Odds Nintendo Goes Partially Third Party: 1 in 5

This could happen, just not in the way you’re hoping. The next Zelda game isn’t going to be on the PS4, and you’re not going to be able to play classics like Super Mario World on your phone. That said, some simple Nintendo-branded minigames or apps could start to slowly creep their way onto smartphones.

Hopefully Nintendo’s next hardware revamp is a bit cooler than this one. 

Nintendo Revamps Their Hardware In A Major Way

Neither the 3DS nor the Wii U have been blowaway successes, so maybe it’s already time for new hardware. There’s a few different ways Nintendo could go with this…

a) Nintendo swaps out the core Wii U box for something with PS4/Xbox One level processing power while sticking to the GamePad. The few Nintendo fans that have already bought a Wii U could upgrade for a discounted price.

b) Nintendo cans the Wii U altogether, announcing a totally new console.

c) Nintendo announces a successor to both the 3DS and the Wii U. The catch? It’s all one console — a portable with console-level graphics that connects to your TV. There seems to be a lot of wishful thinking about this scenario.

d) The 2DS XXXXL — a new version of Nintendo’s handheld the size of a coffee table.

Odds Nintendo Revamps Their Hardware In A Major Way: 1 in 5

I absolutely think hardware tweaks are on the way — a new 3DS model or changes to the Wii U GamePad perhaps. That said, the heading is “Nintendo revamps their hardware in a major way”, which I’m not as certain about. I have no doubt they’re furiously working on a Wii U and/or 3DS successor as we speak, but they might not be ready to unveil them yet.

The spirit of Ravio may be infecting more Nintendo games. 

Nintendo Changes How They Sell Games

That Iwata quote I posted earlier predictably resulted in a lot of, “Iwata mentioned smartphones! Nintendo is developing for smartphones!” hyperbole, but a more careful interpretation of the quote is that Nintendo is simply studying the ways smartphone developers make money.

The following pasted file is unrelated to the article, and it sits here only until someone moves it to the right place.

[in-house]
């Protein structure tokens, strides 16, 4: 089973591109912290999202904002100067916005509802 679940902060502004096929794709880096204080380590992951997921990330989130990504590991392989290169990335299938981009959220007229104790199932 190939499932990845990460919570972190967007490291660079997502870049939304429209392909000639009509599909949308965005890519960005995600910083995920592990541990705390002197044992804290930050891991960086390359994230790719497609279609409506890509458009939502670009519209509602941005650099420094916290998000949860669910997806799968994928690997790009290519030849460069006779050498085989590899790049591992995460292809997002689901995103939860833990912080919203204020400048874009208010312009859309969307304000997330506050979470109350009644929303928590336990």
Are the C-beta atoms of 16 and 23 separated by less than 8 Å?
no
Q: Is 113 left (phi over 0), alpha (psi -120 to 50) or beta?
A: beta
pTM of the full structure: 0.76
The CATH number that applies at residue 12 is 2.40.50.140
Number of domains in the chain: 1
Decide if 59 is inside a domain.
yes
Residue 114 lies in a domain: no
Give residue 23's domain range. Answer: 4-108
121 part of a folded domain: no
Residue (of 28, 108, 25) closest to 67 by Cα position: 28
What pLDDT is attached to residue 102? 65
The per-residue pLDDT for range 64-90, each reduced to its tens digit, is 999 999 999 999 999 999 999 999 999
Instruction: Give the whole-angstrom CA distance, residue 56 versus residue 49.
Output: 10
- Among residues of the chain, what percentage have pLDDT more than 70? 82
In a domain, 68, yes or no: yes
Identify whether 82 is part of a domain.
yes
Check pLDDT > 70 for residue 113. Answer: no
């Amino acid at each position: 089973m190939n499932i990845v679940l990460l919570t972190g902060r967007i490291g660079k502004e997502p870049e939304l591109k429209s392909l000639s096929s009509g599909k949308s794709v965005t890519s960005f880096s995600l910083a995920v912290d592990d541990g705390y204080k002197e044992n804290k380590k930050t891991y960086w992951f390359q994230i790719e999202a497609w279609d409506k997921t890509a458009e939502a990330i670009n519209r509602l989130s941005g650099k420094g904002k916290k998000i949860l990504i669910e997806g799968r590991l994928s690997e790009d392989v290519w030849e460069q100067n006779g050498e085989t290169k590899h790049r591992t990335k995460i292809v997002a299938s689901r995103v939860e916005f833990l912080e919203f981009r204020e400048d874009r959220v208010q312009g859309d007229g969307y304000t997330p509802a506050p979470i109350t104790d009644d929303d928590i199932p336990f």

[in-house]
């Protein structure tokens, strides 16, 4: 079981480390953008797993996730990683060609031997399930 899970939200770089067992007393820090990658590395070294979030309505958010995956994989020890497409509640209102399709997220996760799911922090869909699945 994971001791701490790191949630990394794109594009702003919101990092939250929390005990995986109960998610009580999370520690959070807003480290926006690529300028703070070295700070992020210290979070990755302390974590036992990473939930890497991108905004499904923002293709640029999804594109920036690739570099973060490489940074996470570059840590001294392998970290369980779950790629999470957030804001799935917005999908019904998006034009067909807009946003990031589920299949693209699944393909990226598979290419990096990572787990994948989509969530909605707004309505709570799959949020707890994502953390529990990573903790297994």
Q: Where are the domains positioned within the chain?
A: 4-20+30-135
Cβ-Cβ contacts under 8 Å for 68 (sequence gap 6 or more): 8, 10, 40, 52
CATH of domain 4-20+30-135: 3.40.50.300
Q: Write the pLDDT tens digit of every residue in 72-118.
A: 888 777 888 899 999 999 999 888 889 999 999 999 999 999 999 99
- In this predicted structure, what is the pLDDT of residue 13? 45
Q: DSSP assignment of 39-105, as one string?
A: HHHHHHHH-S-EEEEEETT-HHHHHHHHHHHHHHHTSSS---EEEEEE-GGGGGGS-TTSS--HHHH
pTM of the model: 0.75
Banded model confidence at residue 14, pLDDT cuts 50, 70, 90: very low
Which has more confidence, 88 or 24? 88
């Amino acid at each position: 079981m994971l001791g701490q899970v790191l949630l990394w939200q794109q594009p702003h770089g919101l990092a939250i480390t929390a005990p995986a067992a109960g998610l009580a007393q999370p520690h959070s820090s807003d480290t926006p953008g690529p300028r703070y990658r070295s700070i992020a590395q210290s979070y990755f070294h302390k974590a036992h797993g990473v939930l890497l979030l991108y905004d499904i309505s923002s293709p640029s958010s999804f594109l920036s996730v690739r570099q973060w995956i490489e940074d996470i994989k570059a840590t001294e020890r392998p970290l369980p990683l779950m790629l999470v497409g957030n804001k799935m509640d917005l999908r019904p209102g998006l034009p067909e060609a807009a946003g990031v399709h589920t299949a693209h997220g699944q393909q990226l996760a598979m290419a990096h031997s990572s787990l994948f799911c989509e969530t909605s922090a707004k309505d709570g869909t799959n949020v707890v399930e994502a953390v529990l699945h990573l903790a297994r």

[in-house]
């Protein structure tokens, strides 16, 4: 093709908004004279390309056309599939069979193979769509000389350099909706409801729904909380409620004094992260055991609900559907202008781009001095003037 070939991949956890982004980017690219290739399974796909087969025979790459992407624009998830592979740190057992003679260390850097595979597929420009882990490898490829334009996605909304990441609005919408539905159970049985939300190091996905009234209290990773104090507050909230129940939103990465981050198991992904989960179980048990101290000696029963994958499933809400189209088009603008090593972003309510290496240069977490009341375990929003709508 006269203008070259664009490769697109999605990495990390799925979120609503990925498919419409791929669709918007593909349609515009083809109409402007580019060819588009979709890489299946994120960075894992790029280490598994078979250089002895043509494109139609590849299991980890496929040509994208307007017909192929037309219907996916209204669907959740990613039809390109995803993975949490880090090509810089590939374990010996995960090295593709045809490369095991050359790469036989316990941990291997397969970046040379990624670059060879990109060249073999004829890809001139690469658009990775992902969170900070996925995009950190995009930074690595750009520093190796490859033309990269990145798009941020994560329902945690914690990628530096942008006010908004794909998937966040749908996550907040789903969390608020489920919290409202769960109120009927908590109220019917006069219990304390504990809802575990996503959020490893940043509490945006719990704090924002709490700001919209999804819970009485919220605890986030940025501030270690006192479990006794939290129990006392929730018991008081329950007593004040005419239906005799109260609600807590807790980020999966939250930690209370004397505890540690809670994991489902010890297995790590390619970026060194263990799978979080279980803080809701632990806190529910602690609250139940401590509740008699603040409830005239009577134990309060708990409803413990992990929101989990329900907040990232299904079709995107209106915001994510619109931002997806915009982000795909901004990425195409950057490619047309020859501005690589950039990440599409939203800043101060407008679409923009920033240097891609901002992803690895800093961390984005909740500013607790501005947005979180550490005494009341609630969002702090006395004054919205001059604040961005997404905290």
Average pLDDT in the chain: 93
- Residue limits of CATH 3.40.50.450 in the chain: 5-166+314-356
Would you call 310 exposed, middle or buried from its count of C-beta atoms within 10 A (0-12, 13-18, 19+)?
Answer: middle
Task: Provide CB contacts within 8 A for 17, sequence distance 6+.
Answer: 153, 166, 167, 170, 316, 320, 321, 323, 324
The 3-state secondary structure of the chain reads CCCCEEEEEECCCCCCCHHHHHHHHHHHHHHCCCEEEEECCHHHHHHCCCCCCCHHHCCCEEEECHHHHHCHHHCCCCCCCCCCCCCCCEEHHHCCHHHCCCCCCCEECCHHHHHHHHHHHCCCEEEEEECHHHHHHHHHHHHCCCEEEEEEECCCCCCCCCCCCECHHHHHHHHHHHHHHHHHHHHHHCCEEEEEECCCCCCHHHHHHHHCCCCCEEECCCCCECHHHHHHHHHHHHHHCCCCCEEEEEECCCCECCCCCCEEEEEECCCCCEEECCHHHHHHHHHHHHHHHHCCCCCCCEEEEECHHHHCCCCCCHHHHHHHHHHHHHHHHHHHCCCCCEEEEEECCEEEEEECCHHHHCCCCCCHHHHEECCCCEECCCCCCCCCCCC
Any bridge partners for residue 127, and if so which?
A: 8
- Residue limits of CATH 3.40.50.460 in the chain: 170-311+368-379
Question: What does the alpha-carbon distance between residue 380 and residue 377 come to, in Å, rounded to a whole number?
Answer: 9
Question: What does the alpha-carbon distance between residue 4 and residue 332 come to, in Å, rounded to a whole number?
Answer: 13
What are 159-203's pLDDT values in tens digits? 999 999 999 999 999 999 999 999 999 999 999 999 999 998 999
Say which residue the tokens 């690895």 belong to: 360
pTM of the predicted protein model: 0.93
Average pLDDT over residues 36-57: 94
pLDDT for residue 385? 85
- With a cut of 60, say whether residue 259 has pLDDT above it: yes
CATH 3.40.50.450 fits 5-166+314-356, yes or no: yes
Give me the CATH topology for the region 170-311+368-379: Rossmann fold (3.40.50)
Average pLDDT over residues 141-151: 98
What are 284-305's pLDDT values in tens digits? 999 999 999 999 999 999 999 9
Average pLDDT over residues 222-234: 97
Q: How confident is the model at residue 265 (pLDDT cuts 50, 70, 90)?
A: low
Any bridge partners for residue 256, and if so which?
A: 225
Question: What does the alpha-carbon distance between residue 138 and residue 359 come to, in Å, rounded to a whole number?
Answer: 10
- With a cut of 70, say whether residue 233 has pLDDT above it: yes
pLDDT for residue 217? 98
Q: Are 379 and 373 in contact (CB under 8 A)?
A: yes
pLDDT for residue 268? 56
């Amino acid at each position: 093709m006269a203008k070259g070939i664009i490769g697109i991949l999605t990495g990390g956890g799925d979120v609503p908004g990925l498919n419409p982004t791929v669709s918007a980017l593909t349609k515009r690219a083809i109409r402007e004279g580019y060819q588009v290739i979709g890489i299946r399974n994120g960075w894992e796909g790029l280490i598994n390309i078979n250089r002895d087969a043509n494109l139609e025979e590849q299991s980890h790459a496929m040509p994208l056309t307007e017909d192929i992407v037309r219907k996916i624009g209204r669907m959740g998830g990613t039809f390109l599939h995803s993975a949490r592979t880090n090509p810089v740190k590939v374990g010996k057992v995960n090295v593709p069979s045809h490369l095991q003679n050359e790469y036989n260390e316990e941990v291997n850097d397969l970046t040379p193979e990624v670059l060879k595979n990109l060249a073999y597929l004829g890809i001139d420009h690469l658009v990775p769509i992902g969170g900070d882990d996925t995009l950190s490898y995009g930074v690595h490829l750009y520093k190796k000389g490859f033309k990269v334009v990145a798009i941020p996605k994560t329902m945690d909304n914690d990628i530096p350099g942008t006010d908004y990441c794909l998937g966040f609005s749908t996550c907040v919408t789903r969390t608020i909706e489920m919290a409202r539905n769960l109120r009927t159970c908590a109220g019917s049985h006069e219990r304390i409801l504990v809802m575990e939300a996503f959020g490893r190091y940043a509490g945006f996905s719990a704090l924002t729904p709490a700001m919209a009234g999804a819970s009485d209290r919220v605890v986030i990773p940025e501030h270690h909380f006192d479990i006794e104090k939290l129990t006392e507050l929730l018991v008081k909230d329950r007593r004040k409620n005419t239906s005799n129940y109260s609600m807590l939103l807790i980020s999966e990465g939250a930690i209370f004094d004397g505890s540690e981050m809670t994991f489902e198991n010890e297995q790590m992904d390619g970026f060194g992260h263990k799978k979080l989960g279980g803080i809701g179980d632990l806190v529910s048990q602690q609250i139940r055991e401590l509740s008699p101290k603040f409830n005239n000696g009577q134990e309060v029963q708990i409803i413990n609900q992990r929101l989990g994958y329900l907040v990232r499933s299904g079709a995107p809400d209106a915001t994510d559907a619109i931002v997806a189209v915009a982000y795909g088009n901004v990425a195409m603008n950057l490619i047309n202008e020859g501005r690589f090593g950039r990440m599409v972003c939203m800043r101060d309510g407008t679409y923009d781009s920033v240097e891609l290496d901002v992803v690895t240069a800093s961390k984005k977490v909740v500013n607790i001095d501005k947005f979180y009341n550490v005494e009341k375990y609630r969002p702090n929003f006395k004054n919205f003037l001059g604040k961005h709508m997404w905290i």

Nintendo’s games, even their big ones like Super Mario 3D World, aren’t really what you’d call typical triple-A games in 2014. Maybe it’s time for a new approach. Mario games could adapt to free-to-play pretty easily — let people play the first level free, then charge a couple bucks for each new world, and a few cents for extra lives and power-ups. Sure, us old-timers would gripe, but which console would parents be more likely to buy, the one with games that cost $60 – $70 or the one where the games were “free”?

Nintendo Changes How They Sell Games: It’s Happening

This is the most probable shake-up in my opinion. Nintendo’s already dipping its toes in with games like Wii Sport Club that gives you the option to rent instead of buying. There’s going to be more of this — I wouldn’t be surprised to see Nintendo try to match Sony’s Playstation Now service somehow. Free-to-play Mario is only a matter of time.

This bit of official art was recently leaked. I think a few people may want to play this game. 

Nintendo Unleashes Dream Games

There’s still a chance Nintendo will stick to its guns and try to make the Wii U happen through software alone. It worked for the 3DS (to a certain degree), and Nintendo is sitting on a lot of potentially huge games. A full-on, MMO-style console Pokemon. A massive, Skyrim-like Zelda. Hell, get Valve on the phone and do a Mario/Portal crossover! 8 billion dollars can make a lot of crazy s–t happen if you let it.

Odds Nintendo Unleashes Dream Games: 50/50

Nintendo hasn’t announced a major new game in over a year. There’s been concept art and rumors about a major HD Pokemon game circulating for a while. We know there’s a new Zelda on the way. Nintendo can’t sit on these megaton bombs forever.

Nintendo Shrugs And Does Nothing

Of course there’s also the slightly depressing prospect that Nintendo will simply do nothing. They’ll shrug and say, “Hey, Mario Kart and Smash Bros. are coming out!” and hope they can stick it out for the next few years.

Odds Nintendo Shrugs And Does Nothing: 50/50

Sadly predicting Nintendo will stick their heads in the sand and take the conservative route is usually a safe bet, so all these prognostications may be for naught. That said, I can’t shake the feeling that Nintendo is going to stray from the safe path just this once.

So, that’s how I see things shaking out over the next couple weeks. What about you folks? What do you see in Nintendo’s near future?